1939: German troops invaded the home in Bielsko, Poland 15 year old Gerda Weissmann, the future American author and human rights activist.
1939: Franny Krongold and Jacob Silberman, the parent of Rosie Silberman Canada’s first Jewish woman judge, were married today in Poland
1939: The last Kindertransport, did not begin its scheduled trip because of the outbreak of World War II.
1941: The Germans hung three Jewish brothers in Dubossary. Dubossary was in
which was part of the Soviet at this time. Six hundred elderly Jews of
Dubossary were thrown out of their homes, brought into eight synagogues, where
each house of worship was then burned to the ground. Six Jews who refuse to serve on the Jewish
Council at Moldavia , are publicly hanged.
Later, 600 elderly Jews are driven into Dubossary's eight synagogues and burned
alive when the synagogues are set ablaze. Dubossary, Ukraine
1941: The Germans test Cyclon B for effectiveness at
The tests were declared a success as all of the “subjects” were
killed. Cyclon B will be the
extermination weapon of choice for the Final Solution. Six hundred Soviet
prisoners of war and 300 Jews are "euthanized" at Auschwitz.
more than 800 Jews battle Nazis in a revolt led by Dov Lopatyn. Most of the
rebels are killed Lachva,
1942 The Geneva-based World Jewish Congress learns of deportations of French Jews.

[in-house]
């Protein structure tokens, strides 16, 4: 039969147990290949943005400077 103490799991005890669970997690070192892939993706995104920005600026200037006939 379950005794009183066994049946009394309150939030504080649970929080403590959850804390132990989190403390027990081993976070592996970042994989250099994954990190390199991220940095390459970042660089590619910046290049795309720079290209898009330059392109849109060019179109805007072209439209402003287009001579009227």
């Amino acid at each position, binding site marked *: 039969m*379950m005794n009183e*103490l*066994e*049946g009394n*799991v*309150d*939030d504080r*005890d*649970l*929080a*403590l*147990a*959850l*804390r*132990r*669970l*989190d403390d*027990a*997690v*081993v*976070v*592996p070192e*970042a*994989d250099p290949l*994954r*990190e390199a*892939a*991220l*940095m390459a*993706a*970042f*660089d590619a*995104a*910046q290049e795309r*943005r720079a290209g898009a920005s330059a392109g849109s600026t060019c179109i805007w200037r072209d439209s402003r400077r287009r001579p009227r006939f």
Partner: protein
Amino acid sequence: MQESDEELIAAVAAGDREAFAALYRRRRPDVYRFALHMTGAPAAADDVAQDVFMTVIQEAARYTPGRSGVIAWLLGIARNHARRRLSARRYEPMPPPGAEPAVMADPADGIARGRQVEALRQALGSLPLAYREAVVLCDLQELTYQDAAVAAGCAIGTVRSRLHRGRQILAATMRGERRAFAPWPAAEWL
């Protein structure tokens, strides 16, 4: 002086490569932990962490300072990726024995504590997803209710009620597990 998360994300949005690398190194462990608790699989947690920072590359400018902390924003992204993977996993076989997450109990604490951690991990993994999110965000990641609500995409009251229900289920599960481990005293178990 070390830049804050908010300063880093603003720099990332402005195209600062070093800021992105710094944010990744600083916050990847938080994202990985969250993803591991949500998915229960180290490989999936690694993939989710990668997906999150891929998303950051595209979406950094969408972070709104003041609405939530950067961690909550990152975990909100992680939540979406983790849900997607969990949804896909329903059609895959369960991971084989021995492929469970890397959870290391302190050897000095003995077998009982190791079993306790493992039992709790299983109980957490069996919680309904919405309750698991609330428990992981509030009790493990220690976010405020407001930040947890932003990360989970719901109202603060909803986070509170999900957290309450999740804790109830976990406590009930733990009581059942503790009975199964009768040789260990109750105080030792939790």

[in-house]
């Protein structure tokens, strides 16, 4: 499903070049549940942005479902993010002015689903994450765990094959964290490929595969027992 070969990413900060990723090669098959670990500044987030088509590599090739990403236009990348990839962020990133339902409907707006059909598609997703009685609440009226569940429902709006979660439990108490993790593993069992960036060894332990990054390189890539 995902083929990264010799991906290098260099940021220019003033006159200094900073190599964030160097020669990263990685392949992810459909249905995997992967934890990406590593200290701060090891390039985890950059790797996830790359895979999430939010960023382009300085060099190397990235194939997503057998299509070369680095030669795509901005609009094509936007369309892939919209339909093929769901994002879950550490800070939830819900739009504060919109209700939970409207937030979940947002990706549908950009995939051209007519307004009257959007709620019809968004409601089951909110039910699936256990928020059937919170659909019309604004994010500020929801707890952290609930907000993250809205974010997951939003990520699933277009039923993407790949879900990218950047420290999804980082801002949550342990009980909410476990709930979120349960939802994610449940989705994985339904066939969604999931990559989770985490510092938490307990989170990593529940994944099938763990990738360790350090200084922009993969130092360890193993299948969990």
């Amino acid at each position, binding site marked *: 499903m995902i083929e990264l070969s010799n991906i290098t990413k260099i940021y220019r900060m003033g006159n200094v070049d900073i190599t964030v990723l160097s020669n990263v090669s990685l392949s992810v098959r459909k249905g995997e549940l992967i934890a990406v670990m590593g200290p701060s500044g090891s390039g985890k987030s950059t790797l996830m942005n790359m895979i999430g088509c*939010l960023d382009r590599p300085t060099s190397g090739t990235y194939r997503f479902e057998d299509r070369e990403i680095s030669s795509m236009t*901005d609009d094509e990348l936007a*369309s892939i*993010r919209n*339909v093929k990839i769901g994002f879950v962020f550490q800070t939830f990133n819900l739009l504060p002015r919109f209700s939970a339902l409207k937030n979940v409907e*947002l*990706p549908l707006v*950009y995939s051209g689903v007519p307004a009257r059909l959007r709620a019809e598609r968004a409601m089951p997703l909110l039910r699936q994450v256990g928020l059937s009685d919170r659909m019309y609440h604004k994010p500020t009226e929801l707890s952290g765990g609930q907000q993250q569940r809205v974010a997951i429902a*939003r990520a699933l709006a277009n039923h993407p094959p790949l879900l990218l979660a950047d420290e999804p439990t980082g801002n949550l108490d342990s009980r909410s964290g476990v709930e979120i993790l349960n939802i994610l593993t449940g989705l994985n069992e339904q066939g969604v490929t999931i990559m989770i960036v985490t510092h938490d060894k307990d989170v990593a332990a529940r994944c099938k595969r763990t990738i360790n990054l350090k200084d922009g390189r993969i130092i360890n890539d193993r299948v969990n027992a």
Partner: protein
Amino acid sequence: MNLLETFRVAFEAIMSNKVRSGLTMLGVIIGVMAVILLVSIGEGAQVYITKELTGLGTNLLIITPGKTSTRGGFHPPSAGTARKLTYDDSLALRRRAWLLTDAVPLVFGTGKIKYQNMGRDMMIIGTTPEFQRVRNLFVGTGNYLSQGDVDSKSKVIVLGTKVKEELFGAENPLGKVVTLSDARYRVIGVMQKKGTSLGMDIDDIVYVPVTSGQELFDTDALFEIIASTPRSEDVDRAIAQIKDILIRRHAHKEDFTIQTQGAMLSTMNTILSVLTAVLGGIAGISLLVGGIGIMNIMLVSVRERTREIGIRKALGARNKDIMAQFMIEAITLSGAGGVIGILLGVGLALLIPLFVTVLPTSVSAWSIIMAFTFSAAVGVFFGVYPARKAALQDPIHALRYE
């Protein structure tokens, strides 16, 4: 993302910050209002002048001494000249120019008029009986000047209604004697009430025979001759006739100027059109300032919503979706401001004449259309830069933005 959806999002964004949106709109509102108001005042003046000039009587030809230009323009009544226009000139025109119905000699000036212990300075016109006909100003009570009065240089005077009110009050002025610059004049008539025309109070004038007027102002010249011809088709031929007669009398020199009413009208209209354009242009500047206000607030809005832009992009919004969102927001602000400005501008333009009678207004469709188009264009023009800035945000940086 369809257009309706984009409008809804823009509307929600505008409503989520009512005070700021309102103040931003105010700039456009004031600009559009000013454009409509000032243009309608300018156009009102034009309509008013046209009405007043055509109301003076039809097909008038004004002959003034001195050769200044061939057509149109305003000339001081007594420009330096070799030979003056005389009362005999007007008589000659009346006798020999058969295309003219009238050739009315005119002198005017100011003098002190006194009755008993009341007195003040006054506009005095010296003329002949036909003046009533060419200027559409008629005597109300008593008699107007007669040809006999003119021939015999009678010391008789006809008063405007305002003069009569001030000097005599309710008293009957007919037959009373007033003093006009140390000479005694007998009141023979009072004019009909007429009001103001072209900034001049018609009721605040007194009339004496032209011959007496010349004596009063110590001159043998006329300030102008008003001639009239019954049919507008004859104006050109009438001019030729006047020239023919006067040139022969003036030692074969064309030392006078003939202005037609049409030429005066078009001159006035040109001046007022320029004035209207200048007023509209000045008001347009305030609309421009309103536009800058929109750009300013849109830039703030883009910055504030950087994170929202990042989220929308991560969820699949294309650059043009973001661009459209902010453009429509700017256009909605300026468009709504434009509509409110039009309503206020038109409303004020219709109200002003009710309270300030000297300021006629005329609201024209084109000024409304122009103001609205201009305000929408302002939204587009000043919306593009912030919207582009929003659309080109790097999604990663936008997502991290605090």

1942: The Germans informed Dov Lopatyn, the head of the Judenrat in Łachwa, Poland was to be liquidated today. Lopatyn rejected the Nazi offer to spare his life if he would cooperate when he led the uprising that day claimed the life of approximately 1,100 Jews but enabled another 1,000 to escape. Yitzhak Rochzyn, one of the leaders of the uprising was killed by the Germans but Lopatyn escaped, joined a partisan unit with whom he fought until he was killed in 1944. “Either we all live or we all die” is a statement attributed to Lopatyn which Jews of the 21st century might do well to remember.
1942: Josef Kaplan, a leader of the ZOB (Jewish Fighting Organization), is arrested in
joining another leader, Yisrael Zeltzer, in detention. When another ZOB leader,
Shmuel Braslav, is stopped in the street by German troops, he is shot dead
after trying to pull a knife. Another ZOB leader, Reginka Justman, is shot
after being stopped while carrying the ZOB's arms cache to a new hiding place;
the arms are seized. Warsaw